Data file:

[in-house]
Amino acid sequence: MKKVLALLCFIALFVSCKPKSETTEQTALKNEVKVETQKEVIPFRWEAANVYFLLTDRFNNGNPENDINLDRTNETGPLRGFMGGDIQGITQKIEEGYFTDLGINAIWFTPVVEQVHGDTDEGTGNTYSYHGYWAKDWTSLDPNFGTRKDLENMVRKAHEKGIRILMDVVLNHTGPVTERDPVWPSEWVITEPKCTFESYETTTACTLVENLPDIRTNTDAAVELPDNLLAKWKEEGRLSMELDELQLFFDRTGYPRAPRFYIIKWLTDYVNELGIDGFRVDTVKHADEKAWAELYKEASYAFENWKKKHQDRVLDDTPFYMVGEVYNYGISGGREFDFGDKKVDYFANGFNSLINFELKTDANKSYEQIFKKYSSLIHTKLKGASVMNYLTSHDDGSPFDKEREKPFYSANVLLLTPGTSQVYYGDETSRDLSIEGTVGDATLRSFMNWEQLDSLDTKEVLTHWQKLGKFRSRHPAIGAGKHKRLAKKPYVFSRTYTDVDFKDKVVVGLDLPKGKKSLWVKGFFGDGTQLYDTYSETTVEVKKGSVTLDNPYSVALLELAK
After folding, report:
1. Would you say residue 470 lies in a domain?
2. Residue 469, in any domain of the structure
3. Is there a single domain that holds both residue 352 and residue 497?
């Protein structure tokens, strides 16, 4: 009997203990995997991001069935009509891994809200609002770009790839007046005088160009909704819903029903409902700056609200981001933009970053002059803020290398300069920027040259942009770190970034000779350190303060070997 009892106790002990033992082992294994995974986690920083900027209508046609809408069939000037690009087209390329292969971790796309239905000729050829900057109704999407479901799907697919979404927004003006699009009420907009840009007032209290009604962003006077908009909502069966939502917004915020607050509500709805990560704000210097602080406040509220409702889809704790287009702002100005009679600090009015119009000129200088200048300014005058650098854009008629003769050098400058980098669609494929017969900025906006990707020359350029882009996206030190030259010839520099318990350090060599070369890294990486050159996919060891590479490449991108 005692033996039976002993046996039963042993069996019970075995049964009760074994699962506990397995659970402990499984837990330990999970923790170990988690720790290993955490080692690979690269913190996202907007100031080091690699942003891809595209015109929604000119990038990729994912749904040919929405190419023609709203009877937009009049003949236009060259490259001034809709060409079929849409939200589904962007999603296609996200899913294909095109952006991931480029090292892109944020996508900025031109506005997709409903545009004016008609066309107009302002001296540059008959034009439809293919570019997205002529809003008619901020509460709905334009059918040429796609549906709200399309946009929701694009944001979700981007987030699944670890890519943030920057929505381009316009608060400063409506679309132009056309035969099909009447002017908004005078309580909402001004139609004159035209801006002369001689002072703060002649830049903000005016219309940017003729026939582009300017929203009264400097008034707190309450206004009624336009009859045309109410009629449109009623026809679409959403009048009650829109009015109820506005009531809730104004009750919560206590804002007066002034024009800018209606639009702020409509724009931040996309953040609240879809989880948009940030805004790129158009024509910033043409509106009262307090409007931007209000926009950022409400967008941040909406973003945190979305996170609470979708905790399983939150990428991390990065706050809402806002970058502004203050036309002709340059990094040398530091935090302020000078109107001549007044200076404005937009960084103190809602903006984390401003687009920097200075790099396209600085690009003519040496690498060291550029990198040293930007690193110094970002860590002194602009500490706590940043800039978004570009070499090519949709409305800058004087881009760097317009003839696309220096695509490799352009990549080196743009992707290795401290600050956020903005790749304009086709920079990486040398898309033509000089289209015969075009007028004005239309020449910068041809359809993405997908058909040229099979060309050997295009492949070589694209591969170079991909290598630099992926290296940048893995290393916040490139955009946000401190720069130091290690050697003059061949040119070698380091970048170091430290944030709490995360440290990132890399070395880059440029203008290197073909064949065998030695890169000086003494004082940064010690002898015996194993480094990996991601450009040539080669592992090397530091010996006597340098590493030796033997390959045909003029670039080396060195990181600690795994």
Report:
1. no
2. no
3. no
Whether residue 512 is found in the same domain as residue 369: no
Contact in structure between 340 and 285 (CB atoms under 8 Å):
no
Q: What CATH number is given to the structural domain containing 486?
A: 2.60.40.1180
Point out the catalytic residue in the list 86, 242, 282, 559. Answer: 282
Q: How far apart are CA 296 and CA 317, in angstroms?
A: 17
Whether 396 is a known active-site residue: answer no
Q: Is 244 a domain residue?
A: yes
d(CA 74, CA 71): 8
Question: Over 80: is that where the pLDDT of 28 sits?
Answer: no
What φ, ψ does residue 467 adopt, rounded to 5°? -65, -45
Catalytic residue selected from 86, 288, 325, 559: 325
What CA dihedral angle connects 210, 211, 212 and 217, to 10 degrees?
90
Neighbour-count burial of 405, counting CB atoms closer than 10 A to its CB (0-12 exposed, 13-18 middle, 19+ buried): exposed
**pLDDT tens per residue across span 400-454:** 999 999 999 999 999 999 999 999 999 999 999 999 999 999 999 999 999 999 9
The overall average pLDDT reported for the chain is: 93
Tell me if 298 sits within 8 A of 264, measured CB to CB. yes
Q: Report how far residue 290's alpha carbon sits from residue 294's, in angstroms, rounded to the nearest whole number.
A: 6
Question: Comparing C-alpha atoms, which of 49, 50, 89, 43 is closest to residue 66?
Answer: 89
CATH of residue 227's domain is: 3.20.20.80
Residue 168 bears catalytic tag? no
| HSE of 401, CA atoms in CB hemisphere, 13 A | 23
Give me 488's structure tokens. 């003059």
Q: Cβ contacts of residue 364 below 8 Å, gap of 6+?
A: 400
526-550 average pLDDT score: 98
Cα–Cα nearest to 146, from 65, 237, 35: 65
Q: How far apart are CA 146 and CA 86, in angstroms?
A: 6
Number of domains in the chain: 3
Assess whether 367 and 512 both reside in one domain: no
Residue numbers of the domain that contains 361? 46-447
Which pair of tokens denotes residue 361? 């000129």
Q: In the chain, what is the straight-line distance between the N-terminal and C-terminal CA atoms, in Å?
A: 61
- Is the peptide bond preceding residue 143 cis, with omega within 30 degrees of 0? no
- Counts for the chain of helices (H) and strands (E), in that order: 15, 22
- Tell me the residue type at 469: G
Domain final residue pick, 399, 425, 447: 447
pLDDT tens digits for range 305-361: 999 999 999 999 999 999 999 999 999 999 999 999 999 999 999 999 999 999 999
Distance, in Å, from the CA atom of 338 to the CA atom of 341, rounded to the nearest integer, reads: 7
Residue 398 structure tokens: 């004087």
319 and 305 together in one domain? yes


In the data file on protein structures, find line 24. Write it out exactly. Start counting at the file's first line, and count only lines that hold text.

Question: Over 80: is that where the pLDDT of 28 sits?